“Yanis Varoufakis, the former Greek finance minister was speaking in the cathedral.”
“He wasn’t speaking about finance though, was he?”
“He was, it was part of the annual economics festival.”
But what if the event had been part of the ordinary life of a Church of Ireland parish? What if the answer had been that the talk had been about finance and that it had been part of a church service? Would that have been unacceptable? Would the idea that someone might speak on the realities of economics have been too much for most congregations?
The church sees fit to make pronouncements about all sorts of matters, it regards anything touching upon sexuality as its own special preserve, even indicating how it thinks people should vote, it talks about environmental issues, it expresses opinions on how history should be viewed, it is prickly in its defence of its role in education, but when it comes to economics? Silence.
“Ah”, say the clerics, “we do not get involved in politics.”
It is a claim that is patently nonsense. The Church of Ireland has been vigorous in its involvement with constitutional politics, the services held by the loyal orders in Northern Ireland being the most visual example of church bias toward a particular political tradition. The Church of Ireland is actively engaged in gender politics, sending a group of men to Stormont to articulate church views on abortion and declining to implement any reforms that would create a gender balance on its numerous boards and committees. The Church of Ireland stands Canute-like against the tide of change in sexual politics, the House of Bishops being dismissive of the marriage equality referendum in May. Any suggestion that the church does not become involved in politics is plainly contradicted by the text of the reports the church publishes each year.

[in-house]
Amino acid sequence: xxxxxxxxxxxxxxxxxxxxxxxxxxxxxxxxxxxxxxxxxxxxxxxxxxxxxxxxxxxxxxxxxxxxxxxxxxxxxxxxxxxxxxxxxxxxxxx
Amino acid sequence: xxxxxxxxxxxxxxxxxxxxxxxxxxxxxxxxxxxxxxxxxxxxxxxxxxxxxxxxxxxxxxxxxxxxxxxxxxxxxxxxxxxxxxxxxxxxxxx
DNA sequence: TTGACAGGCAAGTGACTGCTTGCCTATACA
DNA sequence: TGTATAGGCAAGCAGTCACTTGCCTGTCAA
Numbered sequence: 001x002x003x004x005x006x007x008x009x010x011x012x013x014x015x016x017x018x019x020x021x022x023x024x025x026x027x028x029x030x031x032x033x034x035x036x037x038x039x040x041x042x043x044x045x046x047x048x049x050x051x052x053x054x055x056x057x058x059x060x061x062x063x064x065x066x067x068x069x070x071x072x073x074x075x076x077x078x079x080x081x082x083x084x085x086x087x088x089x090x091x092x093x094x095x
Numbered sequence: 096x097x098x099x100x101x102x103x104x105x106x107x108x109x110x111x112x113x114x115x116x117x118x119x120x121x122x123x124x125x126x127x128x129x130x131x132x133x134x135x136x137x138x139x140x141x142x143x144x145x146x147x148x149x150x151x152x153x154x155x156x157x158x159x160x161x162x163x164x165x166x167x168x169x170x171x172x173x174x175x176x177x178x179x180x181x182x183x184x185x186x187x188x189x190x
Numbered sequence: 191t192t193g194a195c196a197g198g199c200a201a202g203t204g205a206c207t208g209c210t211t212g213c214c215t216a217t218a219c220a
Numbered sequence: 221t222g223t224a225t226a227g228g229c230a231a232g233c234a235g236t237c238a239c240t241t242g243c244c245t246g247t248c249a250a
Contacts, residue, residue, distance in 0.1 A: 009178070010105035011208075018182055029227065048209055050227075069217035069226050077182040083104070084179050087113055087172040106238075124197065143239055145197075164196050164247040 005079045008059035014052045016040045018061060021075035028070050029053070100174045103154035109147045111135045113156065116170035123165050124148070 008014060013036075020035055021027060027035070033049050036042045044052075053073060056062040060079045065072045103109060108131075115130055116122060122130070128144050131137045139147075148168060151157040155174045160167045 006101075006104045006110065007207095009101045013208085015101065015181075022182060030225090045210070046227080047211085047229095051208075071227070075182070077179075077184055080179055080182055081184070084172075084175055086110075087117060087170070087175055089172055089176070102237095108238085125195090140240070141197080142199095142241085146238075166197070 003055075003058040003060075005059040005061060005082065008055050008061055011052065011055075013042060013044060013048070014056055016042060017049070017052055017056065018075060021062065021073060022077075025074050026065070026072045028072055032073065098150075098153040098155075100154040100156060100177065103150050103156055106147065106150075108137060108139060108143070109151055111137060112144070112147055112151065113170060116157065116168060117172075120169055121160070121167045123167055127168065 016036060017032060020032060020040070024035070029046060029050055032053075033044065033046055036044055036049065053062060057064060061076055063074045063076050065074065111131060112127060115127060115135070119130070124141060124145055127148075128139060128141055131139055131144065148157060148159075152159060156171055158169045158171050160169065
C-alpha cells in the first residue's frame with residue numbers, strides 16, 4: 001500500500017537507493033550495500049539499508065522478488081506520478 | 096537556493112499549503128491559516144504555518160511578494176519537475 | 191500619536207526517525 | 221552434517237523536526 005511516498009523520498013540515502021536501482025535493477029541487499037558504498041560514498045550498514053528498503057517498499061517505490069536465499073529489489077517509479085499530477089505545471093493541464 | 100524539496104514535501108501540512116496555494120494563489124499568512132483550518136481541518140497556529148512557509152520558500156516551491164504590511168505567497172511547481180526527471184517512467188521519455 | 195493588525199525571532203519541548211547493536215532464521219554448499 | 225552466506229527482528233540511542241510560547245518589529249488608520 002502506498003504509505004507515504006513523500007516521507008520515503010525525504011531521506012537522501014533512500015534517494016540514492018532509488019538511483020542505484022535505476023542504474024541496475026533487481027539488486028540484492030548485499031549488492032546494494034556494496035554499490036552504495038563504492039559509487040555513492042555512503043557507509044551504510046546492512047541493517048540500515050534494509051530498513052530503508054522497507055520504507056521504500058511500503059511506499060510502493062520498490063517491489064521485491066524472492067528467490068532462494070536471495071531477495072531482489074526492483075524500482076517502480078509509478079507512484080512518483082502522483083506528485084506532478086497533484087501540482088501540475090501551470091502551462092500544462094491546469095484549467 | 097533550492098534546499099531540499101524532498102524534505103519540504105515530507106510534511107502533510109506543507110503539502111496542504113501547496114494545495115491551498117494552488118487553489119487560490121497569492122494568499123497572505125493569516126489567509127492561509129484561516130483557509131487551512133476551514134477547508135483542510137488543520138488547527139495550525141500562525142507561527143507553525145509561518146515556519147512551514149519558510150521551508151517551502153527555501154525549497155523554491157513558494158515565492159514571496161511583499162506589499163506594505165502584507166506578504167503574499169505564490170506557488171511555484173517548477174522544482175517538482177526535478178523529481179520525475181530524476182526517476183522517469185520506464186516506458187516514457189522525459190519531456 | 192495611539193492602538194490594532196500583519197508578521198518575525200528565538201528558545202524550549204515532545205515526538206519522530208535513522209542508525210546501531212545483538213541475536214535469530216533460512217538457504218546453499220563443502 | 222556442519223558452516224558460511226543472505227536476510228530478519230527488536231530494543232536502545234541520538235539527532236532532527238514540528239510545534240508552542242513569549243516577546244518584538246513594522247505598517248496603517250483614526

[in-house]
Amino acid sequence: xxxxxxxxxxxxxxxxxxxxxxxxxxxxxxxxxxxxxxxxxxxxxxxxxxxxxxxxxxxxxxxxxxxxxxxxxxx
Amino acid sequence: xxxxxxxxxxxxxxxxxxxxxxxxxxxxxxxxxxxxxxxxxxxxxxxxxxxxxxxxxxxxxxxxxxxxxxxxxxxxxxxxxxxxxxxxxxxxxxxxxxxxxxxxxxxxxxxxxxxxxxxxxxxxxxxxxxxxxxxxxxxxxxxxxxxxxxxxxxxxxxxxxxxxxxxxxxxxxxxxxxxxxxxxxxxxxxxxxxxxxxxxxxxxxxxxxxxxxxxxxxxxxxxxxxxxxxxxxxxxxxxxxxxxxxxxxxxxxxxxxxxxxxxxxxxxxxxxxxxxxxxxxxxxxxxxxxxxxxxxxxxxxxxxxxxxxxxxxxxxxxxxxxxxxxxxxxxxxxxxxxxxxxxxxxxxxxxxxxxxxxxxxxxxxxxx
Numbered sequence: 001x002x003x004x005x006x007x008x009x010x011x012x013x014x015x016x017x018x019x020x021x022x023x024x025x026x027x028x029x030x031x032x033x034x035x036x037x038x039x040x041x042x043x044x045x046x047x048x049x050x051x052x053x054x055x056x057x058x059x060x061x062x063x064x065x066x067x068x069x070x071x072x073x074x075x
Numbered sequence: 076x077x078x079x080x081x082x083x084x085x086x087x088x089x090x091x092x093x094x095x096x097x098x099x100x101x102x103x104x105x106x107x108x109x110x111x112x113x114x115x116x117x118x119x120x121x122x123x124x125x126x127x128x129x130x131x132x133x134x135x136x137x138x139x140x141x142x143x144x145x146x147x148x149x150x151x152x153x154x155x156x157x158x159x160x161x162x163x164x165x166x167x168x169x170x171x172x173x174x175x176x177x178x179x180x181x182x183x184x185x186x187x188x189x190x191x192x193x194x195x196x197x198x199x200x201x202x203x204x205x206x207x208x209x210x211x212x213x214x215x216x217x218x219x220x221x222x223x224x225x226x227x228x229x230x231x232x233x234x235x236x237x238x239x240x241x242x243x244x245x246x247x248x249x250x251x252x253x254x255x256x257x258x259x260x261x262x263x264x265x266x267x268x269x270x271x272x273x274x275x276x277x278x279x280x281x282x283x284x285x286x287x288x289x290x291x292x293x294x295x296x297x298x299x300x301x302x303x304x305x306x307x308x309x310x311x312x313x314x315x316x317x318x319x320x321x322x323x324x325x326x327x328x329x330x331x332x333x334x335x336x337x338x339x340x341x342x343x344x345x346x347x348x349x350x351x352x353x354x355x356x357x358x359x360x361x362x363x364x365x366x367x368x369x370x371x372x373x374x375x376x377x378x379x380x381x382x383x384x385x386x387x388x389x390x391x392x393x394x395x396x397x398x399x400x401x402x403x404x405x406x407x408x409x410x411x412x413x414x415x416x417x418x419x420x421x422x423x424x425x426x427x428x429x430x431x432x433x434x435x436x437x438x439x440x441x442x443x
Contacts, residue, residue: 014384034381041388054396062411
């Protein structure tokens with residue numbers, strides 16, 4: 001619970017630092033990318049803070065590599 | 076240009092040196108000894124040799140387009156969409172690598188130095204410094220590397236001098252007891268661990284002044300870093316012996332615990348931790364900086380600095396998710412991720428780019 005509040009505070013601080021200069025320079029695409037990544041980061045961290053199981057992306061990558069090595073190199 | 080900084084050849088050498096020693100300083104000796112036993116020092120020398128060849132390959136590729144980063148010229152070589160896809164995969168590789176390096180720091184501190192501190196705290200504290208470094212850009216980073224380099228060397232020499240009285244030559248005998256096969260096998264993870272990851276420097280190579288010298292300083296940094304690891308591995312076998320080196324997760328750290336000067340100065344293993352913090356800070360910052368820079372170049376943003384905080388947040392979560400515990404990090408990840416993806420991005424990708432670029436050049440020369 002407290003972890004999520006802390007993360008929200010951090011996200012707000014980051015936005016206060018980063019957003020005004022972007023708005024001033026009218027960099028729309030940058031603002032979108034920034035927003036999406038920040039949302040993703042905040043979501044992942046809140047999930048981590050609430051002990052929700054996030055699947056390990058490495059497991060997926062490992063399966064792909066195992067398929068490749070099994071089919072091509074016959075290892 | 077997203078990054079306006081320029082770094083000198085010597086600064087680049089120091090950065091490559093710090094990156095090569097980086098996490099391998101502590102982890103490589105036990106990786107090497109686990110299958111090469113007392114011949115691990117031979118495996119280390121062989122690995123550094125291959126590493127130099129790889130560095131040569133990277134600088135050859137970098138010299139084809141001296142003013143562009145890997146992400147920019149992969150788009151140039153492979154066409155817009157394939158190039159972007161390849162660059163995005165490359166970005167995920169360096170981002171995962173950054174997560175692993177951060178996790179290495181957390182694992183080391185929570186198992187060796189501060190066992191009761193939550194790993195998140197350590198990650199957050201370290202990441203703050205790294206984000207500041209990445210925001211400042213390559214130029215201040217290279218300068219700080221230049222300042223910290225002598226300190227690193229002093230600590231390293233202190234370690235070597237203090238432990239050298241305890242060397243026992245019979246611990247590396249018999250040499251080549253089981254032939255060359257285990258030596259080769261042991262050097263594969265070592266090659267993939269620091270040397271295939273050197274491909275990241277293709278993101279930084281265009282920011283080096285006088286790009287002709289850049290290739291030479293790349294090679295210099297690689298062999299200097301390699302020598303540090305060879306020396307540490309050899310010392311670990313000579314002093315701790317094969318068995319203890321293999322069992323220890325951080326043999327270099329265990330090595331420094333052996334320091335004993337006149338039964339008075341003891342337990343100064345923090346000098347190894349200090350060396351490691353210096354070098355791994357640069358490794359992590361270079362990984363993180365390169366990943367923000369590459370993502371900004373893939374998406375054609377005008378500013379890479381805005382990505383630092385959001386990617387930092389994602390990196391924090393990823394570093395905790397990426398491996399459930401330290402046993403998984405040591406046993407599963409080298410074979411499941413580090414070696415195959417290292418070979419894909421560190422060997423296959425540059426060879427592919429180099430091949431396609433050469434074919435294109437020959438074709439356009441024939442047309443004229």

Even the idea that the church is not involved in the politics of finance and economics is silly. Look at the tens of millions invested in the stock markets, the returns on which are reported at the general synod, the church’s annual general meeting.
The politics that the church labels as “party,” and therefore something that it does not want to discuss in public, is the politics that challenges the interests of anyone who is powerful. We do not mind offending groups who have not the power to hurt us, but we cannot risk offending those who might hit back. Churches in Northern Ireland hosting speakers who attack gay and lesbian people are not considered “political,” but if a church hosted a radical politician who spoke of bringing the rich and powerful down from their positions and advocated raising up the poor and the vulnerable, then that would be “political” and would be met with a barrage of criticism, (even if the language used was from the second chapter of Saint Luke’s Gospel).
Perhaps the pity is that Varoufakis was not speaking at a church event, it might have called us back to the Bible, which has a great deal to say about economics and very little about the sexual matters that so preoccupy us.